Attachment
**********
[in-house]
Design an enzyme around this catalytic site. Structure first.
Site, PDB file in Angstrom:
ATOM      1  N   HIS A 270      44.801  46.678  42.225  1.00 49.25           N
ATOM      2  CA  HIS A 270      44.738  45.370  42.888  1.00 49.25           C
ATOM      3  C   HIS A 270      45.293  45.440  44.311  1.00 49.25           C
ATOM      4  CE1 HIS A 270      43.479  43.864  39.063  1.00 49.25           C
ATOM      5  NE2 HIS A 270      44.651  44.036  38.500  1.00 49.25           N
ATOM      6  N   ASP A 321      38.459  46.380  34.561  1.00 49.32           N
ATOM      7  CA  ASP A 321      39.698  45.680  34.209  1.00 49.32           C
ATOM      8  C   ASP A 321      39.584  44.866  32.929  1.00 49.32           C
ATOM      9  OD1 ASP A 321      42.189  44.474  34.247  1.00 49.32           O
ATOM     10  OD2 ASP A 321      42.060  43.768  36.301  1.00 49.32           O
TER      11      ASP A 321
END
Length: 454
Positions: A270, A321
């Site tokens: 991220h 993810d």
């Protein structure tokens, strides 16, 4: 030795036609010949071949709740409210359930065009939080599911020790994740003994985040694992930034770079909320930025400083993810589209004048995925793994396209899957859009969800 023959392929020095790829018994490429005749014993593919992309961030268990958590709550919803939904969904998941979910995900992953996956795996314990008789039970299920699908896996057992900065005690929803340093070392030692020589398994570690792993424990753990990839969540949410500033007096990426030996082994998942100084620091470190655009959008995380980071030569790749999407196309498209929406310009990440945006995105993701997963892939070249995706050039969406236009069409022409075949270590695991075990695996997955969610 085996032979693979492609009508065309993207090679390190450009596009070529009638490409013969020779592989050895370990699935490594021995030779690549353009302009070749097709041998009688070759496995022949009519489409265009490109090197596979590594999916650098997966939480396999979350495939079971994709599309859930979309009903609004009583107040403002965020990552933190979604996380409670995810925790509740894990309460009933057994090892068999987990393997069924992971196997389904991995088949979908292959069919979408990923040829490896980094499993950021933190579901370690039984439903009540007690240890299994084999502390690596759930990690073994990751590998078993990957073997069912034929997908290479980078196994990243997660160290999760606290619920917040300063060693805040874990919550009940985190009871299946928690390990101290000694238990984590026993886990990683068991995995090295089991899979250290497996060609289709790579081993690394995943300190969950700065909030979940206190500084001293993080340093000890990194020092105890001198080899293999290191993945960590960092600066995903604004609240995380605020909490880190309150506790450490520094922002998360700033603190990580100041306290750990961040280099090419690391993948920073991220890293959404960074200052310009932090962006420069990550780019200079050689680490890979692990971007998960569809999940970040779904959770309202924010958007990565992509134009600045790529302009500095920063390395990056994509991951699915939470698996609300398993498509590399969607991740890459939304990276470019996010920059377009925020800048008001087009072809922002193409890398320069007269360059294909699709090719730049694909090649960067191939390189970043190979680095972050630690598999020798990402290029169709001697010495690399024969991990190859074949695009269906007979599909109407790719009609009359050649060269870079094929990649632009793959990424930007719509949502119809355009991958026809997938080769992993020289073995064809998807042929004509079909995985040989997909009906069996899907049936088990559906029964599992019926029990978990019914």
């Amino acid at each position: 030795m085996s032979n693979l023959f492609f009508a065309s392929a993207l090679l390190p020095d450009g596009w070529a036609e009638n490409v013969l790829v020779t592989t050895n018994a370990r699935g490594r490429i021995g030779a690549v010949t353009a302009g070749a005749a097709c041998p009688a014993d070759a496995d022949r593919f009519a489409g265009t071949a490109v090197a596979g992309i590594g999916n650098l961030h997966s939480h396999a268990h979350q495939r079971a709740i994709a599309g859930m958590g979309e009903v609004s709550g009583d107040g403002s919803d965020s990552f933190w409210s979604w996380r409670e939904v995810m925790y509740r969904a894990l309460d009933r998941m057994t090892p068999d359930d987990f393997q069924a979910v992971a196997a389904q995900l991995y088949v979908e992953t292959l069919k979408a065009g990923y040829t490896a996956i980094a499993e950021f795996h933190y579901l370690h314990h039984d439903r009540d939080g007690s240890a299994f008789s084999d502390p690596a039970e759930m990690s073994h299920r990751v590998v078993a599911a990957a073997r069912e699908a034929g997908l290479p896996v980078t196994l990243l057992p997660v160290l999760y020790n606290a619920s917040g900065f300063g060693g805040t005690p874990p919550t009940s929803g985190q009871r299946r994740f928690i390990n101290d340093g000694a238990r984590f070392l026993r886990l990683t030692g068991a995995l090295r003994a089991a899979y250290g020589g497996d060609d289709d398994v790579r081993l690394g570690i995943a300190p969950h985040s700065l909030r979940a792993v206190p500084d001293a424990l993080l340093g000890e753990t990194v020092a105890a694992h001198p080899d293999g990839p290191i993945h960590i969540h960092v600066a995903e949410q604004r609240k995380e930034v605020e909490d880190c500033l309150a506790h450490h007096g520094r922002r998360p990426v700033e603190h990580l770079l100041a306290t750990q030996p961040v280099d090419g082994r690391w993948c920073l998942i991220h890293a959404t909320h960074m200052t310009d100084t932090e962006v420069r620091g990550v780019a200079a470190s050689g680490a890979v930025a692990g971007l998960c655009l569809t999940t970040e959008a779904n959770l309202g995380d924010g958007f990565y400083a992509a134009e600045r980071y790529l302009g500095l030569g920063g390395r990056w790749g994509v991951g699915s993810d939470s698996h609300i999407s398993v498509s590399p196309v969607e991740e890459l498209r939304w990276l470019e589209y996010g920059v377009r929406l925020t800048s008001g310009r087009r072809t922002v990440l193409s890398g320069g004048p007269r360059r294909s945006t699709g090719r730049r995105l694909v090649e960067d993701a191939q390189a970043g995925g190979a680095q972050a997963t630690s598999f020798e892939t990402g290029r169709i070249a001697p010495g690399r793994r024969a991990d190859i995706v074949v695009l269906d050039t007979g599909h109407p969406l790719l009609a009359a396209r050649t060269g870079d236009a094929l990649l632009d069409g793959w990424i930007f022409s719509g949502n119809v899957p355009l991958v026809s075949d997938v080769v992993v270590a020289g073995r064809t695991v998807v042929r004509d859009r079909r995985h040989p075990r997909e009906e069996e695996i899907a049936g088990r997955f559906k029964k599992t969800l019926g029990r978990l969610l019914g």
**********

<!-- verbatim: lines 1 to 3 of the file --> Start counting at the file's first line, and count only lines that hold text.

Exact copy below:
[in-house]
Design an enzyme around this catalytic site. Structure first.
Site, PDB file in Angstrom: